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Old April 16th, 2013, 08:58 PM   #121
Slartibartfas
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Quote:
Originally Posted by Suburbanist View Post
It inconvenience other passengers too much, and US commuter train system need seating capacity (if passengers have to stand, many will just drive).
One bike corner reduces seat capacity maybe by one seat as optional side seats can be still available. Given, that this same corner could also accommodate baggies, luggage or wheel chairs it seems a reasonable thing to offer at least one of them. I doubt the main problem of commuter trains in the US is to accommodate an exploding number of people but rather to make the system as attractive as possible for as many as possible.
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Old April 16th, 2013, 09:05 PM   #122
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I sometimes take my bike on the train to work in peak hours, and there are often several others doing the same. It can be a pain when the trains are really busy, both for the cyclist and the other passengers but generally it doesn't seem to be a major problem.
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Old April 18th, 2013, 04:35 AM   #123
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Well they could always add a separate rail car for bike storage since that is how Copenhagen's S-Tog commuter rail system solved the problem of accommodating bike riders.
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Old April 29th, 2013, 01:43 AM   #124
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The West Line finally opened to the public Friday, with regular service beginning this Sunday.

http://www.rtd-fastracks.com/wc_202
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Old May 1st, 2013, 07:32 PM   #126
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http://denverurbanism.com/2013/04/al...ine-opens.html



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Old May 1st, 2013, 11:18 PM   #127
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There is some long sections with only one track as I see in the video.
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Old May 2nd, 2013, 05:50 AM   #128
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There is some long sections with only one track as I see in the video.
Yeah, to save money RTD decided to make many sections single track between Federal Center and Jeffco Government Center with reduced frequency.

Last edited by diablo234; May 2nd, 2013 at 05:58 AM.
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Old May 3rd, 2013, 01:56 AM   #129
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Do we know if there's enough ROW along the various for double tracking in the future if necessary?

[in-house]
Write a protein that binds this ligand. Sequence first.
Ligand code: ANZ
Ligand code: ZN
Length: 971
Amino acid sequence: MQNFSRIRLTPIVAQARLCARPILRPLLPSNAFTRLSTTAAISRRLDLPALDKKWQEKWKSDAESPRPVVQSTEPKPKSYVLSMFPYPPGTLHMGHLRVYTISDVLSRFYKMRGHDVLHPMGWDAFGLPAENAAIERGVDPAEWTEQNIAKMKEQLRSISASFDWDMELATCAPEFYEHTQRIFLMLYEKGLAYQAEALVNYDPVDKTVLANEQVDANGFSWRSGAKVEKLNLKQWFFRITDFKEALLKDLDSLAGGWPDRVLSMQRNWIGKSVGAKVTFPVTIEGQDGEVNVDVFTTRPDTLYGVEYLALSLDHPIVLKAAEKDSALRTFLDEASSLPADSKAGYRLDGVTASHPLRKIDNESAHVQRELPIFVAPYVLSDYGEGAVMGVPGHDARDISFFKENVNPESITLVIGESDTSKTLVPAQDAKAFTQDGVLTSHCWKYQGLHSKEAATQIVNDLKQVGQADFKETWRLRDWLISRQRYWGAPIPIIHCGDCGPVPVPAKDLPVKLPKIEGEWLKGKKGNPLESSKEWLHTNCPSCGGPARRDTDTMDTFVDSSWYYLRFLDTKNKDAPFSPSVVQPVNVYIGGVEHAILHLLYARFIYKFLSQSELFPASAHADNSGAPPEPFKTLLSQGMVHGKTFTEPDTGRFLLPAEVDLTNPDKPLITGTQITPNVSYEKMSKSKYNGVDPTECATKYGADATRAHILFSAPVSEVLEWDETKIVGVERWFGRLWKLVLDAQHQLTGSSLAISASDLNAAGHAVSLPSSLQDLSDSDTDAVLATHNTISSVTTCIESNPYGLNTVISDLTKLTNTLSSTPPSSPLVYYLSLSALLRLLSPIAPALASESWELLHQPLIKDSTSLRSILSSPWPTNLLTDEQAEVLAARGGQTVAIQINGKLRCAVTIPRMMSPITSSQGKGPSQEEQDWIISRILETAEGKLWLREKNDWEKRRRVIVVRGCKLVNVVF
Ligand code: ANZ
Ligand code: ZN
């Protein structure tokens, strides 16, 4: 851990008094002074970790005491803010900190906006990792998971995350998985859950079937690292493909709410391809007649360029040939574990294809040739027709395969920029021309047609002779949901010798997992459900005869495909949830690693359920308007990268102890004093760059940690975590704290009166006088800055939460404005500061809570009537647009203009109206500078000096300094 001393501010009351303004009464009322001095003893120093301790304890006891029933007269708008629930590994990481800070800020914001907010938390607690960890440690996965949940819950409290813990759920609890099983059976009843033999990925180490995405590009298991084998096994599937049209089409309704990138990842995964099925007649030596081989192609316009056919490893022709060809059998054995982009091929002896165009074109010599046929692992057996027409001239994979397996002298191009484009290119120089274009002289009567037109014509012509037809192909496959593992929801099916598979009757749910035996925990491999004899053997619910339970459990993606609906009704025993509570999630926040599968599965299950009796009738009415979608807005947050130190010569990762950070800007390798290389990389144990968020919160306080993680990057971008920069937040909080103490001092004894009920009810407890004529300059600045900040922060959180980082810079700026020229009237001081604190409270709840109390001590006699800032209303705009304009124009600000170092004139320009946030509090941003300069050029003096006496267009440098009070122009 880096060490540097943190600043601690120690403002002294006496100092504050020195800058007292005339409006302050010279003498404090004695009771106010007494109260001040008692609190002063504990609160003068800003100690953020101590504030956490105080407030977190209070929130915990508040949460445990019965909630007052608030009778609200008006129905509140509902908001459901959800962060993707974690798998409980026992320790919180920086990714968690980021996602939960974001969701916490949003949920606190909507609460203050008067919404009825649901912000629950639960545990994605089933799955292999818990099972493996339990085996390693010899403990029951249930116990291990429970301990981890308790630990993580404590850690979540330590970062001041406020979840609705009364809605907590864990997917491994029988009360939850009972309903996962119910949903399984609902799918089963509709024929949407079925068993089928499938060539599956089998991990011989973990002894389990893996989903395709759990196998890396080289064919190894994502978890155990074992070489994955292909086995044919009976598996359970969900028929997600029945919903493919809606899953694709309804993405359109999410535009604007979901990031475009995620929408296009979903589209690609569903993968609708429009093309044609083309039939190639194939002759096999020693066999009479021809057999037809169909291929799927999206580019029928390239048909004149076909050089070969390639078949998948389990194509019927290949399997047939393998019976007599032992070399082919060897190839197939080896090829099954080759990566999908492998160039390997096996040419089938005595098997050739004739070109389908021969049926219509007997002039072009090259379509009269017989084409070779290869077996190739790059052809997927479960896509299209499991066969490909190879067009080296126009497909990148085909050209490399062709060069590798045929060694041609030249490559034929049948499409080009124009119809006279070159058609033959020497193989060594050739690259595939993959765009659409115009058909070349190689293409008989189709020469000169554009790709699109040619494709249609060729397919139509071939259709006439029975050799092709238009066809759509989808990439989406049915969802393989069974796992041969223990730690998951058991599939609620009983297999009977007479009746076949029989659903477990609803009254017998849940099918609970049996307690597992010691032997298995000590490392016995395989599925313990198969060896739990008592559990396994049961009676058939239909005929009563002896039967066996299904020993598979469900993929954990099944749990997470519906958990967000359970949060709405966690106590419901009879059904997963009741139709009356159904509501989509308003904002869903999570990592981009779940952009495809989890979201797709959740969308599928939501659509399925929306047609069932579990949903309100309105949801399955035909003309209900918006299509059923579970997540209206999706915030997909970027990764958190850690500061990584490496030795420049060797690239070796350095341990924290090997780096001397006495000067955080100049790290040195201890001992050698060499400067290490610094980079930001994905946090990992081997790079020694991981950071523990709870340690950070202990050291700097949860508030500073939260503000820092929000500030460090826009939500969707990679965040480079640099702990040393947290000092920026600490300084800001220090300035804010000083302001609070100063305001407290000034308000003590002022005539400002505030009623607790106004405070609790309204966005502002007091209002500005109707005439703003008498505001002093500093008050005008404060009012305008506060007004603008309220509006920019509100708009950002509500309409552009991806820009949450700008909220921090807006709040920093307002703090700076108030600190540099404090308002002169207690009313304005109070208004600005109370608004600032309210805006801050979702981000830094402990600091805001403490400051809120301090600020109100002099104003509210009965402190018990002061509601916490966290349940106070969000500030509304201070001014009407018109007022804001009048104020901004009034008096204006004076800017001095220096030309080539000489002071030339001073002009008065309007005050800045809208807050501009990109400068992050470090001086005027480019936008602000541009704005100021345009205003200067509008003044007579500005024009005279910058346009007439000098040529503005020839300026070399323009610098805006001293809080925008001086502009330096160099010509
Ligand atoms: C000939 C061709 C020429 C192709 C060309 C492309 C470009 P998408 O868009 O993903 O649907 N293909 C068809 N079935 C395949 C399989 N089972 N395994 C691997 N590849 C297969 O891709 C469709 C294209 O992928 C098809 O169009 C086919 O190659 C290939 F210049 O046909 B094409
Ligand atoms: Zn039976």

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Old May 3rd, 2013, 02:01 AM   #130
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Yeah, to save money RTD decided to make many sections single track between Federal Center and Jeffco Government Center with reduced frequency.
What is the peak frequency ?
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Old May 3rd, 2013, 02:11 AM   #131
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What is the peak frequency ?
4 trains per hour between Jefferson County Gov. and Federal Center (2 stations)

8 trans per hours the rest of the line

Full schedule: http://www3.rtd-denver.com/schedules...&serviceType=3
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Old May 4th, 2013, 04:59 AM   #132
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I see that they gave up on the G trains connecting the ends of the I-25 and I-225 lines. Can't say I'm surprised at that. too bad they spent all that money on a grade-separated light rail interchange at the I-25-I-225 junction.

From the first page of the thread:


I suppose they'll try it again once the I-225 line is extended.

I'm also unpleasantly surprised at how poorly the West line connects with the rest of the system-- getting from the west line to the high-rise core requires two transfers, one of them about a mile out of the way and in a dicey-looking part of town. Perhaps at some point full three-way wyes could be added along with a transfer station at Curtis and 5th Streets. Admittedly, working around or rebuilding the Colfax Avenue Viaduct would be a challenge...

To me it seems odd that RTD would provide elaborately for a rather marginal-looking suburb-to-suburb connection but not for what ought to be a major axis through the city's core. WTF?

EDIT: I'll say something positive now: Peak service is 18 trains per hour! Here's I-25/Broadway northbound in the morning:

F 8:01
D 8:04
E 8:07
H 8:10
D 8:13

F 8:16
D 8:19
C 8:22
H 8:25
F 8:31

D 8:34
E 8:37
H 8:40
D 8:43
F 8:46

D 8:49
C 8:52